Genomic DNA was extracted from frozen leaves of six different plants collected individually from each of three varieties grown in garden soil. BioSprint 15 DNA Plant Kit (Qiagen, Hilden, Germany) and MagMax (Applied Biosystems, Foster City, CA, USA) nucleic acids isolation robot, following the modified method from manufacturer’s instructions, were used. Dilutions of 1 ng μL–1 of DNA were used for PCR amplification. Eight primer pairs: Ib-316, Ib-318, Ib-242, Ib-248, Ib-255F1, Ib-255, Ib-286 and Ib-297 (Buteler et al., 1999; Veasey et al., 2008) were applied for SSR assessment. PCR reactions were performed in a final volume of 11 μL, containing 1 ng of genomic DNA and following reagents with starting concentrations of: 10 × PCR buffer (Biotools, Madrid, Spain), 10 mM of each dNTP’s, 50 mM MgCl2 (Biotools), 10 μM of each primer, 10 μM 5’ fluorescently labelled universal primer (6-FAM, NED, HEX) and 0.5 U of Taq DNA polymerase (Biotools). The forward primer of each SSR was appended with 18 bp tail sequence 5’-TGTAAAACGACGGCCAGT-3’ (M13(- 21)) as described by Schuelke (2000). PCR analyses were performed on ABI 9700 (Applied Biosystems) under the following touch-down conditions: 94°C for 4 min, thirty cycles at 94°C for 1 min, auto increment temperature from 49.5°C for 0.5°C per cycle for 30 s, 72°C for 1 min, followed by thirty cycles at 94°C for 30 s, auto increment temperature from 49.5°C for 0.5°C per cycle for 30 s, 72°C for 1 min and final extension for 5 min at 72°C. Fragment analysis was performed on 3130XL Genetic Analyser (Applied Biosystems), the allele lengths were determined by comparison with size standard GeneScan-350 ROX (Applied Biosystems) using GeneMapper 4.0 (Applied Biosystems). Parameters of genetic diversity among loci and varieties, including number of migrants (Nm), inbreeding coefficients (Fst), % of polymorphic loci, numbers of effective alleles, total expected heterozygosities (Ht), Shannon’s information index, pairwise Nei’s genetic correlations, pairwise population Fst analysis, analysis of molecular variance via R-statistics under 999 permutations (AMOVA) and principal coordinate analysis (PCoA) were conducted applying GenAlEx v.6.4 (Peakall and Smouse, 2006). Genetic differentiation regarding to Gst calculations were performed in Genetix 4.02 (Belkhir et al., 1999). Nei’s standard genetic distance–Ds (1972) was computed from allele frequencies with using unweighted pair group method with arithmetic mean (UPGMA) algorithm in Populations software (Langella, 2002) by bootstrapping 100 times. The tree of genetic distances was constructed using TreeView (Page, 1996).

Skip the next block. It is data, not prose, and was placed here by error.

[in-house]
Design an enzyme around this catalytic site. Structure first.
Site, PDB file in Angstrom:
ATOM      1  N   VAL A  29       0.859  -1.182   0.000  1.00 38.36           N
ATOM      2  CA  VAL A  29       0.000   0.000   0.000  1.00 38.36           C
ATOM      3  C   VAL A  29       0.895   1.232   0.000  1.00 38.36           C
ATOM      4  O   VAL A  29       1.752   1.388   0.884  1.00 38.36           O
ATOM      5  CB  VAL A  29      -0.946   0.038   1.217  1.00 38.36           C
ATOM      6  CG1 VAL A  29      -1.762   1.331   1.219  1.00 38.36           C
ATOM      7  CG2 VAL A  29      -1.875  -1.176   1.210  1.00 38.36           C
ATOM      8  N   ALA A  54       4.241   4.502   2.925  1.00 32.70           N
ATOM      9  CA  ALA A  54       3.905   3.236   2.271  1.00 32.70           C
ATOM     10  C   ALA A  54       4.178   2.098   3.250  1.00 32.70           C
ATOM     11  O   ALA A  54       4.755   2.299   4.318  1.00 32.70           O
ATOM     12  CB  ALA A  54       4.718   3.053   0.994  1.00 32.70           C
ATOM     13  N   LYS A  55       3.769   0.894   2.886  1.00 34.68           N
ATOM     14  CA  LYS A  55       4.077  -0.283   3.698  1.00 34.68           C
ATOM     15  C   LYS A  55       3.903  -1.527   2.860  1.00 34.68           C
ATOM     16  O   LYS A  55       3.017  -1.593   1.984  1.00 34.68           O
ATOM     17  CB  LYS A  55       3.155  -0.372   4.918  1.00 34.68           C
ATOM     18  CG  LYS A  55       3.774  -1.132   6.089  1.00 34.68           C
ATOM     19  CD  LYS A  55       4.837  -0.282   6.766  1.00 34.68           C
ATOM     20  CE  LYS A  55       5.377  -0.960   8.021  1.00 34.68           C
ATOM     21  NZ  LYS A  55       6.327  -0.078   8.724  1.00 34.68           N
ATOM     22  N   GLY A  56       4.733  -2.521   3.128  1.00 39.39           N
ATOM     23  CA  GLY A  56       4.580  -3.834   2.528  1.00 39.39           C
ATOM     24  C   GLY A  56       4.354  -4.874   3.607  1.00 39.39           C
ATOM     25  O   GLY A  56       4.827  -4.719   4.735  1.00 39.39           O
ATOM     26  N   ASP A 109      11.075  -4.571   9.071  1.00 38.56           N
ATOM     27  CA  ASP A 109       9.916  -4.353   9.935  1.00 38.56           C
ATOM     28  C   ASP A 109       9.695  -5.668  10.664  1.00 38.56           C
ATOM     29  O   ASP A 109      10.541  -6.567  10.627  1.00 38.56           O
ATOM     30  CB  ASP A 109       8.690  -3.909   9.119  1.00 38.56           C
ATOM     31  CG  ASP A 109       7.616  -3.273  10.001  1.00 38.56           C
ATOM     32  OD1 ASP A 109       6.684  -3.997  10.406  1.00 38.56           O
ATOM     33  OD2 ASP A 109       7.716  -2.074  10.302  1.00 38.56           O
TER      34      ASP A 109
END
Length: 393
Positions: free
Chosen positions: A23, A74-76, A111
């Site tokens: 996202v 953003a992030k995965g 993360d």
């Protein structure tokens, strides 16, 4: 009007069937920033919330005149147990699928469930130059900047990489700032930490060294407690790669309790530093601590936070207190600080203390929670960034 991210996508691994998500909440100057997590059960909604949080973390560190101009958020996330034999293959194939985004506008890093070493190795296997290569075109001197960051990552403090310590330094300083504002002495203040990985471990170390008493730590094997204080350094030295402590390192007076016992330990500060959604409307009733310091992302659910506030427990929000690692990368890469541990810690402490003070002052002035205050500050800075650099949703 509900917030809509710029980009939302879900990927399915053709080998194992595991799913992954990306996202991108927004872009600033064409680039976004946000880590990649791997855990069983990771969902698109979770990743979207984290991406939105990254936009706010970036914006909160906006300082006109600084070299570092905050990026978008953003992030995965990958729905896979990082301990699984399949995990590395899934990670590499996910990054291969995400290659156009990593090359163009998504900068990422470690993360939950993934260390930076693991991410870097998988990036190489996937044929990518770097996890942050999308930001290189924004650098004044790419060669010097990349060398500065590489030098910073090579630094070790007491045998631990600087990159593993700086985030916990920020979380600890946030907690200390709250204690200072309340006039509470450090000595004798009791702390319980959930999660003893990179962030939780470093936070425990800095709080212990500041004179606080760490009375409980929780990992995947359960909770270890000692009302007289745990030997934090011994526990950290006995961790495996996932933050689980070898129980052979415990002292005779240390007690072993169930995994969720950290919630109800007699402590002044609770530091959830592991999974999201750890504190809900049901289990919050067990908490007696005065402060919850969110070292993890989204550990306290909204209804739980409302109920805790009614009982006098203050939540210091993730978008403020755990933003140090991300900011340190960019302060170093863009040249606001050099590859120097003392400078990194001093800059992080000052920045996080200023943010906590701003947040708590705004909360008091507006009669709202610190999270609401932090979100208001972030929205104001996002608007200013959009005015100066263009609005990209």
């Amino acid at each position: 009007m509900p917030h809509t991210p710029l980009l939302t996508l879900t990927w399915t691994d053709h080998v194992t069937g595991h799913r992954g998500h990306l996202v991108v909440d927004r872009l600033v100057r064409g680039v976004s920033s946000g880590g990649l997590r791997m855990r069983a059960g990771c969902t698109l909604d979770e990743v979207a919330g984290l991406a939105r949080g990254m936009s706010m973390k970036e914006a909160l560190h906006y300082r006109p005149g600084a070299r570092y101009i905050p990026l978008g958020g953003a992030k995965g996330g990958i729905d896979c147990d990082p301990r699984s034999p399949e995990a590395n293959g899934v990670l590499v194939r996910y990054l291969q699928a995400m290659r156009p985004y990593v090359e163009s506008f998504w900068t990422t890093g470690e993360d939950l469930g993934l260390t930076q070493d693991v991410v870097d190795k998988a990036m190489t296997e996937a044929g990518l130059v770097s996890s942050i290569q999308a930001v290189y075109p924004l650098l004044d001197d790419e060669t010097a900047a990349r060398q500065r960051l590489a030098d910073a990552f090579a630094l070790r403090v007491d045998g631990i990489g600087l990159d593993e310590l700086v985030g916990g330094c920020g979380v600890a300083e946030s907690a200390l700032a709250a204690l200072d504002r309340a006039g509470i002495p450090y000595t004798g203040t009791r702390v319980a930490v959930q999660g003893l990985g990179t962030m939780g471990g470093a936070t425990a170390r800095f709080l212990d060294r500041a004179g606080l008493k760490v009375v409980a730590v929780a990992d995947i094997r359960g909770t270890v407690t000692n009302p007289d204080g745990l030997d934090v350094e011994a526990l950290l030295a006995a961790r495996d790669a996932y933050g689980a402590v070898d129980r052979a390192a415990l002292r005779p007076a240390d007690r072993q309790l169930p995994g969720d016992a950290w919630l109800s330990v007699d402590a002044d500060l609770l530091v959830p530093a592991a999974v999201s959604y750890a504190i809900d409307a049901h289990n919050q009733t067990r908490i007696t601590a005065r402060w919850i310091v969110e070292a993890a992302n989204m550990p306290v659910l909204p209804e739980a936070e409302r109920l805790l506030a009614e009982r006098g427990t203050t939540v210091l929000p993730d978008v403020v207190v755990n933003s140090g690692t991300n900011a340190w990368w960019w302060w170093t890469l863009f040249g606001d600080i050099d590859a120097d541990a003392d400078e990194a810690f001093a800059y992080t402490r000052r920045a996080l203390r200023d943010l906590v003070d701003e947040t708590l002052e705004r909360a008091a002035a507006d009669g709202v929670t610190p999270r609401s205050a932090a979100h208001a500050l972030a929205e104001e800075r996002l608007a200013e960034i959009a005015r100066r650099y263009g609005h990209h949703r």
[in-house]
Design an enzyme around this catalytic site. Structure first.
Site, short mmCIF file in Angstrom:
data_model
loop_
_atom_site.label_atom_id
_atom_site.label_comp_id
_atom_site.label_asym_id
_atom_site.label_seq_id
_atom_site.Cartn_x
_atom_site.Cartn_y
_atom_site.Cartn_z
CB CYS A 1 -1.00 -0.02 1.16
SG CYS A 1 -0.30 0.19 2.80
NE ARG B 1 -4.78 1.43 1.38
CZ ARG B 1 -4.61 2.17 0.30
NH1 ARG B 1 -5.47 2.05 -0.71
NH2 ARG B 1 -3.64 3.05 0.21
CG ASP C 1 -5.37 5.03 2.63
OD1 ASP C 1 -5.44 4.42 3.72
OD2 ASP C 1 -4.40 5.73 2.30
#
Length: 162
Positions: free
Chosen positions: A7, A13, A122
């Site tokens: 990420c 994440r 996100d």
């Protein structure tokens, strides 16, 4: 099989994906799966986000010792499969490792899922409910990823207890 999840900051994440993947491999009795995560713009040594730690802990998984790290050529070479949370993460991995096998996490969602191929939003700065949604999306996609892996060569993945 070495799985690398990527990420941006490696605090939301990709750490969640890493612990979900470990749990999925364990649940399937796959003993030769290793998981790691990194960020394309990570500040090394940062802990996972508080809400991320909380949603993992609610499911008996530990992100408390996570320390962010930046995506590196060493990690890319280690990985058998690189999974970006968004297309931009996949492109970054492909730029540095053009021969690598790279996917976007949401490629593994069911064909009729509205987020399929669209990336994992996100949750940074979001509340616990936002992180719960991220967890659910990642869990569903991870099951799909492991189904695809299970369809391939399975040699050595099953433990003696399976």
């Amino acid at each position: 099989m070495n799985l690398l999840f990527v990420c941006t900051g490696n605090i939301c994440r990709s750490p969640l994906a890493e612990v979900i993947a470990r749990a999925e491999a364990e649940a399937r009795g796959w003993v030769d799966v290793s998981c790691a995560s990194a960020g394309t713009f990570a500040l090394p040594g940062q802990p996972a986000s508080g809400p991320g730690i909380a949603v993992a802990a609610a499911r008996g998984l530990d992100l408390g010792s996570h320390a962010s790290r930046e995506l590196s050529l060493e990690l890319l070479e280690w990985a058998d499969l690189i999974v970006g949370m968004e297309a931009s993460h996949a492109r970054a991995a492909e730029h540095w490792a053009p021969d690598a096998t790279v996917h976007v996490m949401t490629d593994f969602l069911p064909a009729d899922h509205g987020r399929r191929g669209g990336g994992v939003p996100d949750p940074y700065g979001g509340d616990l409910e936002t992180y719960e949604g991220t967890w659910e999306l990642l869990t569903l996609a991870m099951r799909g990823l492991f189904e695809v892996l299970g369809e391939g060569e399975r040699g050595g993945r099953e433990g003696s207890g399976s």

Analysis of nutritional traits

Analyses of bioactive compounds included evaluation of TPC, AOP and AA in tubers of sweet potato. The TPC was determined in triplicates using the Folin-Ciocalteu method, as described by Singleton and Rossi (1965), and slightly modified (Roura et al., 2006). Gallic acid (Merck, Germany) was used for six-point calibration curve, which ranged from 3 mg L–1 to 150 mg L–1 (R2=0.9998). The results were expressed as gallic acid equivalents [mg GAE 100 g–1 fresh weight (FW)]. The AOP was evaluated in triplicates using the DPPH (2,2-diphenyl-1-picrylhydrazyl; Sigma-Aldrich, Saint Louis, MO, USA) free radical scavenging method (Nakajima et al., 2004). Trolox (Sigma-Aldrich) was used for six point calibration curve, which ranged from 40 mg L–1 to 220 mg L–1 (R2=0.9900). The results were expressed as Trolox equivalents (mg TE g–1 FW). AA content was determined according to the method described by Quiros et al. (2009). AA analysis was performed in triplicates on an HPLC system (Agilent 1260; Agilent Technologies, Santa Clara, CA, USA) using a diode array detector, with the wavelength set at 254 nm. The determination of AA was carried out on a 100 × 2 mm i.d., 3 μm Scherzo SM-C18 column (Imtakt, Portland, OR, USA), at a flow rate of 0.3 mL min–1. The mobile phase consisted of water (A) and acetonitrile (B), both of which contained 0.3% formic acid. The following elution gradient was used for solvent B: 0-3 min, 0%-10%; 3-4 min, 10%-100%; 4-6 min, 100%. The temperature of the column was maintained at 30°C, while the temperature of the automatic sample feeder was set at 4°C. AA was calculated using an external standard method and expressed as mg 100 g–1 FW.

Statistical analyses